Monday, 8 June 2009

June Galgo Rescue







I have just returned from a trip to Spain with a friend and others from the Organisation of L'Europe des Levriers. The reason for the trip was to bring back rescued Galgos and Podencas (Spanish hunting dogs) to the safety of France and onward to their new forever homes. The people in the refuges work selflessly with very little money to do what they can to right the wrong of the barbarism of the Spanish hunters who do not even acknowledge that the Galgos are dogs but use them as tools for hunting to discard at whim year after year. The people that help do such a great job to rescue them and need all the help they can get.

These dear dogs are regal and gentle and don't deserve to be treated in such an awful way. It is only in Spain and Portugal that this type of hunting is still legal and much is being done to try and change this but it is a long and tortuous task to try and change the mindset of these people who seem to enjoy nothing so much as cruelty to these animals . The hunters take along their young sons from 4 years old I was told, so the way of life becomes so entrenched in them generation after generation from an early age. They only use the dogs for hunting in the season and each hunter can have upwards of 80 -90 dogs who are thrown in a barn when not working and often only fed bread and water. At the end of the season they don't wish to keep them until the next season so the old way of dispensing with them is to hang them from the olive trees. If they have been a good hunter they hang them from the top so they die quickly, if not they hang them lower so their feet just reach the ground a little and they die slowly. They also throw them down wells, from cars and various other barbaric ways. The dogs discarded every year is upward of 50,000!!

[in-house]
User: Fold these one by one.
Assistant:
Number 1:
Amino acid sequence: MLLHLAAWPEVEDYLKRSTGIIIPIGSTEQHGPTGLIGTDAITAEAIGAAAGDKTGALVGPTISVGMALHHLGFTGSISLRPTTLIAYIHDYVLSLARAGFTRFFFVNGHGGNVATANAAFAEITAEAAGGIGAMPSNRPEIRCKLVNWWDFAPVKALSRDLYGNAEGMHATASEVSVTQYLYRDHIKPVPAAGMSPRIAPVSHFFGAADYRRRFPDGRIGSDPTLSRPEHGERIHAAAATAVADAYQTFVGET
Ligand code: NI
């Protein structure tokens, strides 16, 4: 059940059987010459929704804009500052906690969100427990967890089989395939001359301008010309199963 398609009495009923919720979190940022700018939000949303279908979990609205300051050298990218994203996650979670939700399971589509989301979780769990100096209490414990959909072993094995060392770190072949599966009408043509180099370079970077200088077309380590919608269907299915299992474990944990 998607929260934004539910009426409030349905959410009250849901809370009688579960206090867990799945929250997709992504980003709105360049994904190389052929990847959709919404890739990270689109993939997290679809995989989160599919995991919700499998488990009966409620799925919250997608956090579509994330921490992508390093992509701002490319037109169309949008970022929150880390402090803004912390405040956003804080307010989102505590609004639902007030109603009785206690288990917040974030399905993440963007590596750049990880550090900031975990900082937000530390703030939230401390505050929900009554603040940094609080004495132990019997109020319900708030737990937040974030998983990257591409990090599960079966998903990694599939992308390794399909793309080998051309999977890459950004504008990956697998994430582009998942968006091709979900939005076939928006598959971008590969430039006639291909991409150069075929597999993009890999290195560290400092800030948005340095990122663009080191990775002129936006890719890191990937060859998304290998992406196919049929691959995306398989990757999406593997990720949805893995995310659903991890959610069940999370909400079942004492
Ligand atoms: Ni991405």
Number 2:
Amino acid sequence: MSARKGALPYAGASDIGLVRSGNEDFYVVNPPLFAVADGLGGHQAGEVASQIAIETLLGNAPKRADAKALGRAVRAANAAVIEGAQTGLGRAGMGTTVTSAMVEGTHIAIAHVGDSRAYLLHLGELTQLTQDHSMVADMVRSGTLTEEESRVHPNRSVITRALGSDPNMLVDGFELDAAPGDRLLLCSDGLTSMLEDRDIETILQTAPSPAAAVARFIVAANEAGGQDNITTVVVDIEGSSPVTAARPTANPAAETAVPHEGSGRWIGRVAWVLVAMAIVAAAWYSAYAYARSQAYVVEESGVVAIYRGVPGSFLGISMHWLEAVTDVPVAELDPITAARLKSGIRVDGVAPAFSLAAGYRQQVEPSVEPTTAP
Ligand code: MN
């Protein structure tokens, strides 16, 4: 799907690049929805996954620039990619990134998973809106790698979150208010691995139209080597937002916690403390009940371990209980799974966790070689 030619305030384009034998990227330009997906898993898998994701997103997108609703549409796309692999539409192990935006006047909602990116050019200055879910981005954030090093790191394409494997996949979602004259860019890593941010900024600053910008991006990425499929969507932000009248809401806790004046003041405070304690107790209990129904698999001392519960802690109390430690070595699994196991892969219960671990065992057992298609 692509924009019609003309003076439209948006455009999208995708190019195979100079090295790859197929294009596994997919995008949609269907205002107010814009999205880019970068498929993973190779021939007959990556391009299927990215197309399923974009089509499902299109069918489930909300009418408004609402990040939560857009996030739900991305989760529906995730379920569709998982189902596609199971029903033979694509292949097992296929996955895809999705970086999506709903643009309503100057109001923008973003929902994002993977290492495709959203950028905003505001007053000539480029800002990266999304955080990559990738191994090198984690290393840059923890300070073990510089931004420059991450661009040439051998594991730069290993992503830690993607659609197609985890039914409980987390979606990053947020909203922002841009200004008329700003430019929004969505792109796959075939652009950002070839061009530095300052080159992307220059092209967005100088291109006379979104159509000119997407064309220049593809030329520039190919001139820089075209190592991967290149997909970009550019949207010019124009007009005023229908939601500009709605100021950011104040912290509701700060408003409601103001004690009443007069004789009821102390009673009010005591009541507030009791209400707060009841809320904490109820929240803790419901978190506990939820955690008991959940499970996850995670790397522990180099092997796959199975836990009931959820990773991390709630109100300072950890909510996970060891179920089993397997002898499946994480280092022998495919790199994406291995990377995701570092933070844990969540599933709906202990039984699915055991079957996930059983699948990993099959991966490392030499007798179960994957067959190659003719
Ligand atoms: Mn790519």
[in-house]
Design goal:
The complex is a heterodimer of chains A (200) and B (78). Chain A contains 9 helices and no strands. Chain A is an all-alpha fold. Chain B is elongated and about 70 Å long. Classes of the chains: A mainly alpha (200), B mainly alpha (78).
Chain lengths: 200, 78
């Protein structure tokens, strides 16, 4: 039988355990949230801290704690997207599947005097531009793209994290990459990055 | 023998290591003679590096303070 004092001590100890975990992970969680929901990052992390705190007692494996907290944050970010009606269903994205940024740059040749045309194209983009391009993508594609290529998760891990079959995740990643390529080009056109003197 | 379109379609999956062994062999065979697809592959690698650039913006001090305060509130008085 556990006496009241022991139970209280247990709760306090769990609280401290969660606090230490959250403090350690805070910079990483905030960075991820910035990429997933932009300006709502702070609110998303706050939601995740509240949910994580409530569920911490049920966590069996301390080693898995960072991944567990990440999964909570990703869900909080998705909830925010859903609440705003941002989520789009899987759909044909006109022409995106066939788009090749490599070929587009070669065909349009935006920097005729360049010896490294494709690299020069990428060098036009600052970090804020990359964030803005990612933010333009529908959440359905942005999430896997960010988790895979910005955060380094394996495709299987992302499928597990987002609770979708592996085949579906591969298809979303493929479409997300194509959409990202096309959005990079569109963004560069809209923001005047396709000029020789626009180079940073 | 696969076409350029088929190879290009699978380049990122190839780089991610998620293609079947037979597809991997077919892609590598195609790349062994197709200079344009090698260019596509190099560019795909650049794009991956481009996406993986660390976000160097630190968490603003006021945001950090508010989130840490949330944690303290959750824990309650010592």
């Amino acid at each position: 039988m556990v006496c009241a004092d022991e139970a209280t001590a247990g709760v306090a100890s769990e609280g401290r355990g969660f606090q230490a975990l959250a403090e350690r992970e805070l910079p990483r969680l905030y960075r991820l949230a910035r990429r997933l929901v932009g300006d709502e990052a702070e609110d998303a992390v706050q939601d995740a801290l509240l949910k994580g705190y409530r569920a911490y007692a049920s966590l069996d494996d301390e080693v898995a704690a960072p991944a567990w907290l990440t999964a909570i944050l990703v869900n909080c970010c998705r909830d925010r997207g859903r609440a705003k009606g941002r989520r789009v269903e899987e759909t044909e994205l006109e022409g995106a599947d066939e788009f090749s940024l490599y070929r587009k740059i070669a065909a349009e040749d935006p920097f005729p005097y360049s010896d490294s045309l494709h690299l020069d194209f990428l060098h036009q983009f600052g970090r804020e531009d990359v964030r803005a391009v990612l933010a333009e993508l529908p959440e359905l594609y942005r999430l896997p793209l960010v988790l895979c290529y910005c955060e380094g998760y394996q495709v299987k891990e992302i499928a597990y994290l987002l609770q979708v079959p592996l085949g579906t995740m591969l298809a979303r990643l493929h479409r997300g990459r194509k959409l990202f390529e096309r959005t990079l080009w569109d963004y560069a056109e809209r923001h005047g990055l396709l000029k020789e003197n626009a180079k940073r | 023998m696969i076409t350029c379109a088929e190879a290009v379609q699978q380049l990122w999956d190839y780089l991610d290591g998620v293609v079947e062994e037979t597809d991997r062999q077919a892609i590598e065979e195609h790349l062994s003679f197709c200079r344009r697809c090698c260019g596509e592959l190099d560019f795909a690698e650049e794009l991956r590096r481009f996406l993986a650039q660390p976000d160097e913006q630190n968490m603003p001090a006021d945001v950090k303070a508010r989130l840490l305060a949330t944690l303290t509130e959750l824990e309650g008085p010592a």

The people in the refuges rescue all they can as indeed they do rescue other breeds of dogs discarded in Spain and do all they can with only mostly voluntary donations, to restore their health and find them permanent homes. These homes have to be outside Spain in countries where people treat them with the love and care as we do to our pet dogs. If they are left in Spain, come September the hunters will break in and try and steal them back for another season of hell.

I found the trip emotional of course but educational and rewarding. Between us we brought about 17 dogs back to France and many were reserved for the next trip in a months time when they have their pet passports. Most already had been adopted and have homes all over France to go to and a few went into foster homes. They were such lovely dogs and so amazingly kind and sweet when you think what their life has been up to now. I will certainly go back to help again and when finances and the situation here permits I will adopt one myself, in the meantime I mean to spread the word so anyone who is interested and will help in some way however small.

I took many photographs and have loaded some here. Anyone who would like to see them all go to my facebook page and there is a whole album there.


These first photos were taken at the first refuge we went to on the way to Seville.
Many dogs were here all wanting to find homes, but the men there were caring for them as best as they were able , keeping the pens clean and feeding them and none were hungry and all seemed to have a rapport with the men caring for them under such difficult circumstances.